Report Says Capitol Hazards Down
Office of Compliance Projects 30 Percent Decrease in Health, Safety Issues
Changes in funding for maintenance and safety projects around the Capitol complex are unlikely in the wake of the fiscal 2009 annual report from the Office of Compliance.
The report projected a 30 percent decrease in health and safety hazards in Capitol Hill offices between the 110th Congress and the 111th Congress, and OOC Executive Director Tamara Chrisler emphasized that this was a victory.
Rep. Debbie Wasserman Schultz (D-Fla.), chairwoman of the Appropriations Subcommittee on the Legislative Branch, held a hearing earlier this month on funding for Capitol Hill projects in which the subcommittee decided to cut back by $8 million for the fiscal 2011 budget.
Wasserman Schultz’s communications director, Jonathan Beeton, said the decrease in violations is a result of the committee’s prioritization of legislative branch projects in previous fiscal years.
“What this shows is continued progress, and we want to stay on the path that we are on,” he explained.
On the corresponding Senate subcommittee, Chairman Ben Nelson (D-Neb.) emphasized in a March hearing that he would not increase funding for legislative branch projects, a stance his office reiterated this week.
“In keeping with the president’s call for a 3-year freeze on non-defense discretionary spending, Sen. Nelson has been clear that he will hold legislative branch spending flat for the next fiscal year,” his spokesman wrote in an e-mail. “He is aware of the large backlog of deferred maintenance projects facing the Architect of the Capitol and is encouraged that the Architect of the Capitol and the Office of Compliance have worked cooperatively in addressing these needs within limited resources.”
A few serious risks still exist, particularly in Senate office buildings and the Library of Congress. The OOC ranks risks on a three-point scale and estimates that about nine hazards in Senate office buildings will still exist at the most dangerous end of that scale during the 111th Congress. Addressing those will be a matter of prioritizing.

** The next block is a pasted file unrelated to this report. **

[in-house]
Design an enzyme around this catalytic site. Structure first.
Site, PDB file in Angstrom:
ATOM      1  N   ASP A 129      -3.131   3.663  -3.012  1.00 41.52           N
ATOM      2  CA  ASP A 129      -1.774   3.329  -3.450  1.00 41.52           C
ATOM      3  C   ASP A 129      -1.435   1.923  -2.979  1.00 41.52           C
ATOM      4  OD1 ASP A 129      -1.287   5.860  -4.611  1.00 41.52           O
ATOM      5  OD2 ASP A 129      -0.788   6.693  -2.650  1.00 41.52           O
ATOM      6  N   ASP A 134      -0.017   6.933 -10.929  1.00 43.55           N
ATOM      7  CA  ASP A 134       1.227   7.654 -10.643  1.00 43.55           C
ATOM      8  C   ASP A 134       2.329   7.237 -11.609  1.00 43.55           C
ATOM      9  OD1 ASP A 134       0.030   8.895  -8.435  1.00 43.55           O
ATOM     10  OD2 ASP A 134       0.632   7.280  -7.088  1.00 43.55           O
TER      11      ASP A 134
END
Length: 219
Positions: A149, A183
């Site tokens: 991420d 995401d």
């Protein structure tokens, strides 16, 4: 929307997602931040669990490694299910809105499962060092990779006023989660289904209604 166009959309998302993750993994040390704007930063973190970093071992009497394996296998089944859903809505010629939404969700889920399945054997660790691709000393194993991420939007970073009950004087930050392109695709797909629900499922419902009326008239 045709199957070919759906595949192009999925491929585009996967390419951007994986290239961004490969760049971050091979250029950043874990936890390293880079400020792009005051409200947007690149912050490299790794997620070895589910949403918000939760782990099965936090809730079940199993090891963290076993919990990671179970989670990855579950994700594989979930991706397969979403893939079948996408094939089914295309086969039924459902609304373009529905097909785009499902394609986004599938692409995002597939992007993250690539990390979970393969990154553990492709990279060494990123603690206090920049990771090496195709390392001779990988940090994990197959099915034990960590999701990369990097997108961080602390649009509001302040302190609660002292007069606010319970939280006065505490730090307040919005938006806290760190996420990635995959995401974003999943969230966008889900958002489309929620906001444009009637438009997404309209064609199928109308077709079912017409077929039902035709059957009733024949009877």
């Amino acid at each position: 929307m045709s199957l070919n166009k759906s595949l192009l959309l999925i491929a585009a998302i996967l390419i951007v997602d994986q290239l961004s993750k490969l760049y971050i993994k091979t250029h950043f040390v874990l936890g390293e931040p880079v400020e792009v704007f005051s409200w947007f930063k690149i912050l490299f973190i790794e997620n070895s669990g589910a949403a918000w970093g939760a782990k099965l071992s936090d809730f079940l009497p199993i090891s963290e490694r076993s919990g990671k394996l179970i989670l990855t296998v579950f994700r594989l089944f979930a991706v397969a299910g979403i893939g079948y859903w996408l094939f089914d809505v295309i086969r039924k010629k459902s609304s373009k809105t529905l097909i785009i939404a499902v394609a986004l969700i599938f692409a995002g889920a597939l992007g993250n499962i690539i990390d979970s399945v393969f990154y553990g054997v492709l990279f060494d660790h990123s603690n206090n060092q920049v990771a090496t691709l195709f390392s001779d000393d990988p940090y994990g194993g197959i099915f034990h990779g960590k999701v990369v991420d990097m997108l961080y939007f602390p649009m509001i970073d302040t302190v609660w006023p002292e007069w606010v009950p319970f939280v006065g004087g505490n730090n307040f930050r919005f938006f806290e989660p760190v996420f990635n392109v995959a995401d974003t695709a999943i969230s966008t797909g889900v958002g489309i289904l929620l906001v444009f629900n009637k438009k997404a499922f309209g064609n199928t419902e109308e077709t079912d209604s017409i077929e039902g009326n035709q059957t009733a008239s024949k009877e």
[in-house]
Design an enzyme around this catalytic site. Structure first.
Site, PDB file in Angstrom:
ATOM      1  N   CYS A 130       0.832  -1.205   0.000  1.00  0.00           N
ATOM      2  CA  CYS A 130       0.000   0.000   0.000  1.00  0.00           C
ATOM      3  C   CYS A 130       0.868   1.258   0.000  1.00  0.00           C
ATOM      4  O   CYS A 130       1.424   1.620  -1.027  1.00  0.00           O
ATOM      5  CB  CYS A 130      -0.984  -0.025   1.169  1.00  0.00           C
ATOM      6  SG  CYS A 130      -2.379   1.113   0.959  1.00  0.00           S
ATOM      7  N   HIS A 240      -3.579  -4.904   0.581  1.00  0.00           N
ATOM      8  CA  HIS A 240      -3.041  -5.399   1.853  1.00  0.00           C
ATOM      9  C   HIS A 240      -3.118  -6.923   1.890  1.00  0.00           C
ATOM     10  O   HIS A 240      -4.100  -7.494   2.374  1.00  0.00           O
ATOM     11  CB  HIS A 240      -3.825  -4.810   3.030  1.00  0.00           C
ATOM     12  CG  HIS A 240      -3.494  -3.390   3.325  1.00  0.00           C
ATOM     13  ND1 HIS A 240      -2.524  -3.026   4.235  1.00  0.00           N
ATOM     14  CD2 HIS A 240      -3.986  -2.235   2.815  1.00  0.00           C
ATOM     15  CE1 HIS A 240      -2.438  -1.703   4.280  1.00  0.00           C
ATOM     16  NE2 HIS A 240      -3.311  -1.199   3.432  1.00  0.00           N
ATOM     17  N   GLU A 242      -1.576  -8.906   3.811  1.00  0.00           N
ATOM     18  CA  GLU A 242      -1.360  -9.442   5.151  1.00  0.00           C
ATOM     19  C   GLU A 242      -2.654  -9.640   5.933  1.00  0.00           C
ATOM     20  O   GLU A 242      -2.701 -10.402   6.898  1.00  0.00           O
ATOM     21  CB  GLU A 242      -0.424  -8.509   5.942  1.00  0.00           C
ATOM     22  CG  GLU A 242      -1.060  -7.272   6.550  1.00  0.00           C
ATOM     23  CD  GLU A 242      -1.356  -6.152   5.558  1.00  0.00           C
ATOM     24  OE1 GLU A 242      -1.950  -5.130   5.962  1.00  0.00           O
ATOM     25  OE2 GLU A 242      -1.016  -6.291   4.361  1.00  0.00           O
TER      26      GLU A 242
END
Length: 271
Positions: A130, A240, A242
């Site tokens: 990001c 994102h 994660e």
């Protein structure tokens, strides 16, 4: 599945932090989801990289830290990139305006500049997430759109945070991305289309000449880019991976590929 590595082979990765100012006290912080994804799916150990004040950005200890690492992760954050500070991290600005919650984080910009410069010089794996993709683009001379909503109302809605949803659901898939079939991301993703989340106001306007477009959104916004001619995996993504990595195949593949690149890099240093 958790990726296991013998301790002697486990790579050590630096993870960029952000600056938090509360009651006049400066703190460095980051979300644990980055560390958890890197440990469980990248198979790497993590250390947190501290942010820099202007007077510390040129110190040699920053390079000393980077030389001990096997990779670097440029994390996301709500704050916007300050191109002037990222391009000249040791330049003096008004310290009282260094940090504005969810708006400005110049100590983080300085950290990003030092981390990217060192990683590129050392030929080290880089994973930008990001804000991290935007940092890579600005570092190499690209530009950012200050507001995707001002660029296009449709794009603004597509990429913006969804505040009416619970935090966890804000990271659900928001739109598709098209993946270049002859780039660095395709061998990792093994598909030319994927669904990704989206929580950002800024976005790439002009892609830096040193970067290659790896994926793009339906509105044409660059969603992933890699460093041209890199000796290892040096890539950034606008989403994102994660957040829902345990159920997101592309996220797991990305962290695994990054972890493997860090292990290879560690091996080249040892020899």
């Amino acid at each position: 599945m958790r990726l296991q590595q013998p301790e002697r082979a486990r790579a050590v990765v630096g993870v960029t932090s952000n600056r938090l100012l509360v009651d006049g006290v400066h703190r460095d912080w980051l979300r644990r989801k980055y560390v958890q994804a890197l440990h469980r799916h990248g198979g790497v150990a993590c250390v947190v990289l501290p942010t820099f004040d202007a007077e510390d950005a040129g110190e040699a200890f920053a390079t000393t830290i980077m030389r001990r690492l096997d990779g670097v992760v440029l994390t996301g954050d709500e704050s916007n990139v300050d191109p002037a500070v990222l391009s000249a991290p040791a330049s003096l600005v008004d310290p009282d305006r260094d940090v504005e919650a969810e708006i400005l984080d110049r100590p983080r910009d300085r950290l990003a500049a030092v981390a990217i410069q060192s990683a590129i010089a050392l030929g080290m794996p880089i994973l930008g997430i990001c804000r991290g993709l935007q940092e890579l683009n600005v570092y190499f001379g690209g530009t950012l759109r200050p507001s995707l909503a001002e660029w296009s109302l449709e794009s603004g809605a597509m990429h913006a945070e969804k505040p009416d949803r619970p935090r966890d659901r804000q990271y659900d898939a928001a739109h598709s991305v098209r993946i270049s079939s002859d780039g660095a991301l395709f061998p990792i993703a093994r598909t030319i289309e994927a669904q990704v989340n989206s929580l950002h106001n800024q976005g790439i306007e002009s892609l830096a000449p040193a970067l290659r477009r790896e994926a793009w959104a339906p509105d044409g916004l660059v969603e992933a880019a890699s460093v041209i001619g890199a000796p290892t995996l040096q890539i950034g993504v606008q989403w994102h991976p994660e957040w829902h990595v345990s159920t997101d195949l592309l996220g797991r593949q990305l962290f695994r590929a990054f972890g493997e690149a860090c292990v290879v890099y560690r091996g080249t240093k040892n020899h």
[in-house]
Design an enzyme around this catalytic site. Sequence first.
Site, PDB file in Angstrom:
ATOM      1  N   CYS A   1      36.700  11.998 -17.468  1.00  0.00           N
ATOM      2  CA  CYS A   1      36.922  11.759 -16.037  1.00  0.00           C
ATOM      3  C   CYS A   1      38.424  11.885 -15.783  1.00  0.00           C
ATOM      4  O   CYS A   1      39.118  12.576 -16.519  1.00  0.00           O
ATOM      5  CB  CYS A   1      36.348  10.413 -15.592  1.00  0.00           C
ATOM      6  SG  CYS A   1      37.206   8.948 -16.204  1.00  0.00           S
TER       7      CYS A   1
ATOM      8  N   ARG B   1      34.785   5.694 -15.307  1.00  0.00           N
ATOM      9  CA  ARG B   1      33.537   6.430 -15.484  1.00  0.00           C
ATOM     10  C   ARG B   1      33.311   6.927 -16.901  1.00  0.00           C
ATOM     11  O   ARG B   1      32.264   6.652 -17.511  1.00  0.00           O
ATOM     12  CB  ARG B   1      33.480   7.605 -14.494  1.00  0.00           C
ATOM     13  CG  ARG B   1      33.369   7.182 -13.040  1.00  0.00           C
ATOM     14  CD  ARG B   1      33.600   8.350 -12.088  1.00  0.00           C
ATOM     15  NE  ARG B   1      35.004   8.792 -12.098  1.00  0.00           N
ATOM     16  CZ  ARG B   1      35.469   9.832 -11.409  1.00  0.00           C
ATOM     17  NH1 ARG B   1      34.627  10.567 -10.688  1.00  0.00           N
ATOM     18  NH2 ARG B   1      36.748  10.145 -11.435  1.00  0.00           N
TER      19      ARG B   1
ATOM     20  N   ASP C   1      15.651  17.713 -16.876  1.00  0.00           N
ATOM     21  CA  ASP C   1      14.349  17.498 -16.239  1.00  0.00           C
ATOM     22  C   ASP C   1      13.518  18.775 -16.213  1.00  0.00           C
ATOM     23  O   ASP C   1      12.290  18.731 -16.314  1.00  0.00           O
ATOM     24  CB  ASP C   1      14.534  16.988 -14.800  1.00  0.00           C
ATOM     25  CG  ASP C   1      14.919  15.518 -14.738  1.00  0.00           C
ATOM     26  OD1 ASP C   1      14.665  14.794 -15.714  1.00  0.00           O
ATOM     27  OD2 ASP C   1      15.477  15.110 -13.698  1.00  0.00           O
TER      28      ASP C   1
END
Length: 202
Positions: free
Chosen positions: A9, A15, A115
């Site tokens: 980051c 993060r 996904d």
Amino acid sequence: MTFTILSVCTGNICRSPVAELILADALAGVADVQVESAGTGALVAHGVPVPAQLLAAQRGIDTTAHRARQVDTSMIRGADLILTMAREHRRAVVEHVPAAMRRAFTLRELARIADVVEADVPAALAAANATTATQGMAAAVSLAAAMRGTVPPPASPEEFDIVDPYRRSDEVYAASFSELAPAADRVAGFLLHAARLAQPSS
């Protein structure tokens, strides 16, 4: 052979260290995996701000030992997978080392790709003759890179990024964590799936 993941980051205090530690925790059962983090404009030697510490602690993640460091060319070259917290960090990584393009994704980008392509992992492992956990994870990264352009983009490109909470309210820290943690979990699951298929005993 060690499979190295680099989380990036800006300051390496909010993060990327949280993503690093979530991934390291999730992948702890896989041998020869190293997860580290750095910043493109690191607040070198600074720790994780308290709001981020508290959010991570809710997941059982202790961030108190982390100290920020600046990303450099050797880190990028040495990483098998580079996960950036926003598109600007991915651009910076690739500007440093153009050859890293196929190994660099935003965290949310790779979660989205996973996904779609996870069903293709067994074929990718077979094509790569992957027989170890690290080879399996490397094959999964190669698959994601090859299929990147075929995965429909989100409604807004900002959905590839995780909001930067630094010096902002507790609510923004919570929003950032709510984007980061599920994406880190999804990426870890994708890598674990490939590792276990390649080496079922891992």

“Everyone is, I think, in the position that we have to do more with less,” Chrisler said. “We’re in an economy right now where there are cuts coming from all different directions.”
The report also hit on other OOC priorities. One is raising awareness of the services the OOC offers, a problem they discovered in a Congressional Management Foundation survey of about 900 Hill staffers. Chrisler said that in the next year her office hopes to increase outreach to Hill offices and would be able to measure success in the number of staffers reaching out to her office.
Another is the ability to subpoena documents.
“Right now we rely on employees to come forward with information,” she said. “We rely on offices to provide information when we request it — documents and records to aid in our inspections process.”
Being able to subpoena documents would make the inspections process easier and would probably mostly affect the Architect of the Capitol, which handles a lot of the construction and maintenance projects on the Capitol grounds, Chrisler said.
The OOC was created in 1995 as part of the Congressional Accountability Act to enforce labor and workplace safety standards on Capitol Hill. It is responsible for four programs, according to Chrisler: dispute resolution for employees and employers, safety and health, education and outreach, and regulations for the CAA.
The OOC is required to submit four reports to Congress. The annual report is a comprehensive look at the other three biennial reports on building inspections, implementation of the Americans With Disabilities Act and the activities of the OOC’s board of directors, Chrisler explained.
Emily Yehle contributed to this report.